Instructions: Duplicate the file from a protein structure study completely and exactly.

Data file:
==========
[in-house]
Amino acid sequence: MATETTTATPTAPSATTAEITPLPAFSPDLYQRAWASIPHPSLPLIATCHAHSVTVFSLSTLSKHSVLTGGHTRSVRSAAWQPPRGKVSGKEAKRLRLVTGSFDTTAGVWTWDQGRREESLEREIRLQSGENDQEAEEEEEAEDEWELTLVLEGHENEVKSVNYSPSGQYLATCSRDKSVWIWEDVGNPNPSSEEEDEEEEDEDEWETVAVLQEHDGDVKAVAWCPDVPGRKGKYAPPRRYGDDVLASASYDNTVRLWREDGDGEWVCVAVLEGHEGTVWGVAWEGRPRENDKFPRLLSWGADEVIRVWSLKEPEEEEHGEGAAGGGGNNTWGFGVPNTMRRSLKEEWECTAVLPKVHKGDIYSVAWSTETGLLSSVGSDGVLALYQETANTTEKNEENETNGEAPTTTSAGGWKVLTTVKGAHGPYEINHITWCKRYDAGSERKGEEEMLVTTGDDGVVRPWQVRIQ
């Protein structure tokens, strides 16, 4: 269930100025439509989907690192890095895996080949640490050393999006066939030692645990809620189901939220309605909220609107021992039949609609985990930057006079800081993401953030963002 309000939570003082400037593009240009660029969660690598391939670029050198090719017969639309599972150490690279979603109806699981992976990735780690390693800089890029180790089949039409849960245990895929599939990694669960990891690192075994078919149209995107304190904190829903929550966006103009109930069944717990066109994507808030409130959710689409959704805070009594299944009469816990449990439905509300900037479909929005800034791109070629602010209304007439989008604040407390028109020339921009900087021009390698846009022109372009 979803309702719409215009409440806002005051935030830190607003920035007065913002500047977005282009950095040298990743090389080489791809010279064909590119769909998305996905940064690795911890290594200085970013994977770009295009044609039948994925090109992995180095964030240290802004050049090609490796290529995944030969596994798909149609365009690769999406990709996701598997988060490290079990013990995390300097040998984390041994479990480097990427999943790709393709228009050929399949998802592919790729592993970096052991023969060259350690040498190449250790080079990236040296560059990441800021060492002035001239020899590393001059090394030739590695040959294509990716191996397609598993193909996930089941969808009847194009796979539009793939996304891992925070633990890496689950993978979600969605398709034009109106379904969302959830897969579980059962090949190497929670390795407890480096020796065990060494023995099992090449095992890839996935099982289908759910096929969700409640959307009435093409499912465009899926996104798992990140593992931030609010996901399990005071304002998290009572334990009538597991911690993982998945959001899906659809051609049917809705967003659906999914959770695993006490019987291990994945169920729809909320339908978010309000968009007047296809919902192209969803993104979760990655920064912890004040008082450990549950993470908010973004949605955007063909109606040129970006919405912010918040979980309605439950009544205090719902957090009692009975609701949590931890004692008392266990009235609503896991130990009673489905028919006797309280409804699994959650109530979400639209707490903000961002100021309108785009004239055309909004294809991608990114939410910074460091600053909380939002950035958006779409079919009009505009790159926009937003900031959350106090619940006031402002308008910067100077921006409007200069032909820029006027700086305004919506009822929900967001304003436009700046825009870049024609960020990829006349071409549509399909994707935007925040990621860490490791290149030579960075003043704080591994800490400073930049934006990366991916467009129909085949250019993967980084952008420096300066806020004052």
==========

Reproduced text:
[in-house]
Amino acid sequence: MATETTTATPTAPSATTAEITPLPAFSPDLYQRAWASIPHPSLPLIATCHAHSVTVFSLSTLSKHSVLTGGHTRSVRSAAWQPPRGKVSGKEAKRLRLVTGSFDTTAGVWTWDQGRREESLEREIRLQSGENDQEAEEEEEAEDEWELTLVLEGHENEVKSVNYSPSGQYLATCSRDKSVWIWEDVGNPNPSSEEEDEEEEDEDEWETVAVLQEHDGDVKAVAWCPDVPGRKGKYAPPRRYGDDVLASASYDNTVRLWREDGDGEWVCVAVLEGHEGTVWGVAWEGRPRENDKFPRLLSWGADEVIRVWSLKEPEEEEHGEGAAGGGGNNTWGFGVPNTMRRSLKEEWECTAVLPKVHKGDIYSVAWSTETGLLSSVGSDGVLALYQETANTTEKNEENETNGEAPTTTSAGGWKVLTTVKGAHGPYEINHITWCKRYDAGSERKGEEEMLVTTGDDGVVRPWQVRIQ
């Protein structure tokens, strides 16, 4: 269930100025439509989907690192890095895996080949640490050393999006066939030692645990809620189901939220309605909220609107021992039949609609985990930057006079800081993401953030963002 309000939570003082400037593009240009660029969660690598391939670029050198090719017969639309599972150490690279979603109806699981992976990735780690390693800089890029180790089949039409849960245990895929599939990694669960990891690192075994078919149209995107304190904190829903929550966006103009109930069944717990066109994507808030409130959710689409959704805070009594299944009469816990449990439905509300900037479909929005800034791109070629602010209304007439989008604040407390028109020339921009900087021009390698846009022109372009 979803309702719409215009409440806002005051935030830190607003920035007065913002500047977005282009950095040298990743090389080489791809010279064909590119769909998305996905940064690795911890290594200085970013994977770009295009044609039948994925090109992995180095964030240290802004050049090609490796290529995944030969596994798909149609365009690769999406990709996701598997988060490290079990013990995390300097040998984390041994479990480097990427999943790709393709228009050929399949998802592919790729592993970096052991023969060259350690040498190449250790080079990236040296560059990441800021060492002035001239020899590393001059090394030739590695040959294509990716191996397609598993193909996930089941969808009847194009796979539009793939996304891992925070633990890496689950993978979600969605398709034009109106379904969302959830897969579980059962090949190497929670390795407890480096020796065990060494023995099992090449095992890839996935099982289908759910096929969700409640959307009435093409499912465009899926996104798992990140593992931030609010996901399990005071304002998290009572334990009538597991911690993982998945959001899906659809051609049917809705967003659906999914959770695993006490019987291990994945169920729809909320339908978010309000968009007047296809919902192209969803993104979760990655920064912890004040008082450990549950993470908010973004949605955007063909109606040129970006919405912010918040979980309605439950009544205090719902957090009692009975609701949590931890004692008392266990009235609503896991130990009673489905028919006797309280409804699994959650109530979400639209707490903000961002100021309108785009004239055309909004294809991608990114939410910074460091600053909380939002950035958006779409079919009009505009790159926009937003900031959350106090619940006031402002308008910067100077921006409007200069032909820029006027700086305004919506009822929900967001304003436009700046825009870049024609960020990829006349071409549509399909994707935007925040990621860490490791290149030579960075003043704080591994800490400073930049934006990366991916467009129909085949250019993967980084952008420096300066806020004052």